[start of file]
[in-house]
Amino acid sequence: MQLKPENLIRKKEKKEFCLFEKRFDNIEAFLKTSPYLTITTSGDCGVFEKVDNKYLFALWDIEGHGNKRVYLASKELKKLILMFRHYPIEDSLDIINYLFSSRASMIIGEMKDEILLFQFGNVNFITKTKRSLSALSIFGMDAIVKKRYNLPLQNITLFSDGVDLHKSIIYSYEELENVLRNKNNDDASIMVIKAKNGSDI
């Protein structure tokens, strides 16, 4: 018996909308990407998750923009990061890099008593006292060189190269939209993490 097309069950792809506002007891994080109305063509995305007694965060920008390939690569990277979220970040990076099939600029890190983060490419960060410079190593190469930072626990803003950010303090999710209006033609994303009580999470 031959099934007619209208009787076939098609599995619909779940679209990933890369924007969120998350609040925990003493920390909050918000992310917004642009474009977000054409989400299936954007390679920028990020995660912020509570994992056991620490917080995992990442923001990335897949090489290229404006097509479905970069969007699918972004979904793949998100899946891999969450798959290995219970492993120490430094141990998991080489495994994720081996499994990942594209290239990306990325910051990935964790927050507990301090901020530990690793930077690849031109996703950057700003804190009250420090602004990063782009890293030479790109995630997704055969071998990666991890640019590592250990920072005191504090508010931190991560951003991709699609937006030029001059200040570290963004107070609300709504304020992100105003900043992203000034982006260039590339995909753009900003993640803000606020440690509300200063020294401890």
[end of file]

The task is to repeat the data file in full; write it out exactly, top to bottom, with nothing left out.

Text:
[in-house]
Amino acid sequence: MQLKPENLIRKKEKKEFCLFEKRFDNIEAFLKTSPYLTITTSGDCGVFEKVDNKYLFALWDIEGHGNKRVYLASKELKKLILMFRHYPIEDSLDIINYLFSSRASMIIGEMKDEILLFQFGNVNFITKTKRSLSALSIFGMDAIVKKRYNLPLQNITLFSDGVDLHKSIIYSYEELENVLRNKNNDDASIMVIKAKNGSDI
């Protein structure tokens, strides 16, 4: 018996909308990407998750923009990061890099008593006292060189190269939209993490 097309069950792809506002007891994080109305063509995305007694965060920008390939690569990277979220970040990076099939600029890190983060490419960060410079190593190469930072626990803003950010303090999710209006033609994303009580999470 031959099934007619209208009787076939098609599995619909779940679209990933890369924007969120998350609040925990003493920390909050918000992310917004642009474009977000054409989400299936954007390679920028990020995660912020509570994992056991620490917080995992990442923001990335897949090489290229404006097509479905970069969007699918972004979904793949998100899946891999969450798959290995219970492993120490430094141990998991080489495994994720081996499994990942594209290239990306990325910051990935964790927050507990301090901020530990690793930077690849031109996703950057700003804190009250420090602004990063782009890293030479790109995630997704055969071998990666991890640019590592250990920072005191504090508010931190991560951003991709699609937006030029001059200040570290963004107070609300709504304020992100105003900043992203000034982006260039590339995909753009900003993640803000606020440690509300200063020294401890």